• In this context, “diseased” is meant to refer to a population having one characteristic (the presence of a disease or condition or the occurrence of some outcome) and “nondiseased” is meant to refer to a population lacking the characteristic. While a single decision threshold is the simplest application of such a method, multiple decision thresholds may be used. For example, below a first threshold, the absence of disease may be assigned with relatively high confidence, and above a second threshold the presence of disease may also be assigned with relatively high confidence. Between the two thresholds may be considered indeterminate. This is meant to be exemplary in nature only.
  • In addition to threshold comparisons, other methods for correlating assay results to a patient classification (occurrence or nonoccurrence of disease, likelihood of an outcome, etc.) include decision trees, rule sets, Bayesian methods, and neural network methods. These methods can produce probability values representing the degree to which a sepsis patient belongs to one classification out of a plurality of classifications. Measures of test accuracy may be obtained as described in Fischer et al., Intensive Care Med. 29: 1043-51, 2003, and used to determine the effectiveness of a given biomarker. These measures include sensitivity and specificity, predictive values, likelihood ratios, diagnostic odds ratios, and ROC curve areas. The area under the curve (“AUC”) of a ROC plot is equal to the probability that a classifier will rank a randomly chosen positive instance higher than a randomly chosen negative one. The area under the ROC curve may be thought of as equivalent to the Mann-Whitney U test, which tests for the median difference between scores obtained in the two groups considered if the groups are of continuous data, or to the Wilcoxon test of ranks.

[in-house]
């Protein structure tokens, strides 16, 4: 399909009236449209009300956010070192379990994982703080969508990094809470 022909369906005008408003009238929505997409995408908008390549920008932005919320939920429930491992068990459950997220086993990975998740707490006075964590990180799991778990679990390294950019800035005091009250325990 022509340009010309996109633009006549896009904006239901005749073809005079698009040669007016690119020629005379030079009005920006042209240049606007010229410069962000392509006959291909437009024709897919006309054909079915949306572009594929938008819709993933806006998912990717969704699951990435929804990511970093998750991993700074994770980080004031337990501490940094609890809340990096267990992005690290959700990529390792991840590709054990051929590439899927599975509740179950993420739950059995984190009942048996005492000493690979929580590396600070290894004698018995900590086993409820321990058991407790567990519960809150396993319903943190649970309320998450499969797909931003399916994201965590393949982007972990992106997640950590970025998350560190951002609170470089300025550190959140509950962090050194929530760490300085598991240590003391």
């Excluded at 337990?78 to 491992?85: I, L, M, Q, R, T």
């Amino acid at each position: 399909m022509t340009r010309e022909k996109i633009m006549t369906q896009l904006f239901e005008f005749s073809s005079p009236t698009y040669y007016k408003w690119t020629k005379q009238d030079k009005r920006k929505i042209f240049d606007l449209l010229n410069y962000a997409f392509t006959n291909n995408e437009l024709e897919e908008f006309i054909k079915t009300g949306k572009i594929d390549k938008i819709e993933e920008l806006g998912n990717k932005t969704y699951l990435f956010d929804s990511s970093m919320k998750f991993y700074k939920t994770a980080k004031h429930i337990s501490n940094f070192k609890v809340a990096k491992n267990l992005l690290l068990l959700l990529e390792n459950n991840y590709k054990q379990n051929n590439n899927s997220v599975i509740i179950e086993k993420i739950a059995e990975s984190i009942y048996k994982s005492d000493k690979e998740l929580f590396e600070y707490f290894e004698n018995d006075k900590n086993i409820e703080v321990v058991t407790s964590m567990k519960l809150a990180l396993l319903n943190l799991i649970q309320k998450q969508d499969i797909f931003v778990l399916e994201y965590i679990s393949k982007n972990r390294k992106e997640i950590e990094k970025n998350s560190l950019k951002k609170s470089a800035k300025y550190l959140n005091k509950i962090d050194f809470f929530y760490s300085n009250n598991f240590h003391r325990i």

• As discussed above, suitable tests may exhibit one or more of the following results on these various measures: a specificity of greater than 0.5, preferably at least 0.6, more preferably at least 0.7, still more preferably at least 0.8, even more preferably at least 0.9 and most preferably at least 0.95, with a corresponding sensitivity greater than 0.2, preferably greater than 0.3, more preferably greater than 0.4, still more preferably at least 0.5, even more preferably 0.6, yet more preferably greater than 0.7, still more preferably greater than 0.8, more preferably greater than 0.9, and most preferably greater than 0.95; a sensitivity of greater than 0.5, preferably at least 0.6, more preferably at least 0.7, still more preferably at least 0.8, even more preferably at least 0.9 and most preferably at least 0.95, with a corresponding specificity greater than 0.2, preferably greater than 0.3, more preferably greater than 0.4, still more preferably at least 0.5, even more preferably 0.6, yet more preferably greater than 0.7, still more preferably greater than 0.8, more preferably greater than 0.9, and most preferably greater than 0.95; at least 75% sensitivity, combined with at least 75% specificity; a ROC curve area of greater than 0.5, preferably at least 0.6, more preferably 0.7, still more preferably at least 0.8, even more preferably at least 0.9, and most preferably at least 0.95; an odds ratio different from 1, preferably at least about 2 or more or about 0.5 or less, more preferably at least about 3 or more or about 0.33 or less, still more preferably at least about 4 or more or about 0.25 or less, even more preferably at least about 5 or more or about 0.2 or less, and most preferably at least about 10 or more or about 0.1 or less; a positive likelihood ratio (calculated as sensitivity/(1-specificity)) of greater than 1, at least 2, more preferably at least 3, still more preferably at least 5, and most preferably at least 10; and or a negative likelihood ratio (calculated as (1-sensitivity)/specificity) of less than 1, less than or equal to 0.5, more preferably less than or equal to 0.3, and most preferably less than or equal to 0.1